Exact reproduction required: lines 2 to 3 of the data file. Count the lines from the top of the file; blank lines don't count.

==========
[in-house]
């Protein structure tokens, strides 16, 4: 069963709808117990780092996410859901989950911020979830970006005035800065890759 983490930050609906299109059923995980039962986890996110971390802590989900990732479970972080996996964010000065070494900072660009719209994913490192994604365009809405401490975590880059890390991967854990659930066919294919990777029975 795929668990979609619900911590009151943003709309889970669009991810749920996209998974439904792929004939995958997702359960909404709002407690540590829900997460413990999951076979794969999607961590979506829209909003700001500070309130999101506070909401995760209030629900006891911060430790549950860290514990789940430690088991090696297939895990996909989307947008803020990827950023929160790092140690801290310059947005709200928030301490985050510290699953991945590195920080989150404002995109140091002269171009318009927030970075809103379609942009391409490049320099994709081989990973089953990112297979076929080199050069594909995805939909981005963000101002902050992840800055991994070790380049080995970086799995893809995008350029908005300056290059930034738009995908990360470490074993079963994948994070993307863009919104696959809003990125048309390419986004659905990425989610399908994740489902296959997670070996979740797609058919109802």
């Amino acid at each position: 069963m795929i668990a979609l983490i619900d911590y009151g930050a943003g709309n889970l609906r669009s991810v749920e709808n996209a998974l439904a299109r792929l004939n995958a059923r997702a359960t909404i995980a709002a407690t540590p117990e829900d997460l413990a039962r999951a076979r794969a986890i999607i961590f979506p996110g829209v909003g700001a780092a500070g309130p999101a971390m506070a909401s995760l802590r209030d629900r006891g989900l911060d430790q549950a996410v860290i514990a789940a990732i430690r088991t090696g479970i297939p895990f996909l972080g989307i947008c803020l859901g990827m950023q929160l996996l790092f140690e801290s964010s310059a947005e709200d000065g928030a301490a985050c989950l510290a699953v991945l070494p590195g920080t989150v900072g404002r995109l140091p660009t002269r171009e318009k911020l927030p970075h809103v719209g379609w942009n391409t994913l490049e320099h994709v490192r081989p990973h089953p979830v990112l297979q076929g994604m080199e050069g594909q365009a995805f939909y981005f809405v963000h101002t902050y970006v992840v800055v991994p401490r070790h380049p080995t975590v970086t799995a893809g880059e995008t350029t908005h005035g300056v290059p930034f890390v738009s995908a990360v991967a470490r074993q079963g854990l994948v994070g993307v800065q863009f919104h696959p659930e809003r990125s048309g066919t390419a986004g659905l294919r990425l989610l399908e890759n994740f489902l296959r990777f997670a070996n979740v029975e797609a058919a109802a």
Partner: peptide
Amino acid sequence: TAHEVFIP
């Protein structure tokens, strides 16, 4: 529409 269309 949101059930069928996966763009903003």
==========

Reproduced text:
């Protein structure tokens, strides 16, 4: 069963709808117990780092996410859901989950911020979830970006005035800065890759 983490930050609906299109059923995980039962986890996110971390802590989900990732479970972080996996964010000065070494900072660009719209994913490192994604365009809405401490975590880059890390991967854990659930066919294919990777029975 795929668990979609619900911590009151943003709309889970669009991810749920996209998974439904792929004939995958997702359960909404709002407690540590829900997460413990999951076979794969999607961590979506829209909003700001500070309130999101506070909401995760209030629900006891911060430790549950860290514990789940430690088991090696297939895990996909989307947008803020990827950023929160790092140690801290310059947005709200928030301490985050510290699953991945590195920080989150404002995109140091002269171009318009927030970075809103379609942009391409490049320099994709081989990973089953990112297979076929080199050069594909995805939909981005963000101002902050992840800055991994070790380049080995970086799995893809995008350029908005300056290059930034738009995908990360470490074993079963994948994070993307863009919104696959809003990125048309390419986004659905990425989610399908994740489902296959997670070996979740797609058919109802």
């Amino acid at each position: 069963m795929i668990a979609l983490i619900d911590y009151g930050a943003g709309n889970l609906r669009s991810v749920e709808n996209a998974l439904a299109r792929l004939n995958a059923r997702a359960t909404i995980a709002a407690t540590p117990e829900d997460l413990a039962r999951a076979r794969a986890i999607i961590f979506p996110g829209v909003g700001a780092a500070g309130p999101a971390m506070a909401s995760l802590r209030d629900r006891g989900l911060d430790q549950a996410v860290i514990a789940a990732i430690r088991t090696g479970i297939p895990f996909l972080g989307i947008c803020l859901g990827m950023q929160l996996l790092f140690e801290s964010s310059a947005e709200d000065g928030a301490a985050c989950l510290a699953v991945l070494p590195g920080t989150v900072g404002r995109l140091p660009t002269r171009e318009k911020l927030p970075h809103v719209g379609w942009n391409t994913l490049e320099h994709v490192r081989p990973h089953p979830v990112l297979q076929g994604m080199e050069g594909q365009a995805f939909y981005f809405v963000h101002t902050y970006v992840v800055v991994p401490r070790h380049p080995t975590v970086t799995a893809g880059e995008t350029t908005h005035g300056v290059p930034f890390v738009s995908a990360v991967a470490r074993q079963g854990l994948v994070g993307v800065q863009f919104h696959p659930e809003r990125s048309g066919t390419a986004g659905l294919r990425l989610l399908e890759n994740f489902l296959r990777f997670a070996n979740v029975e797609a058919a109802a």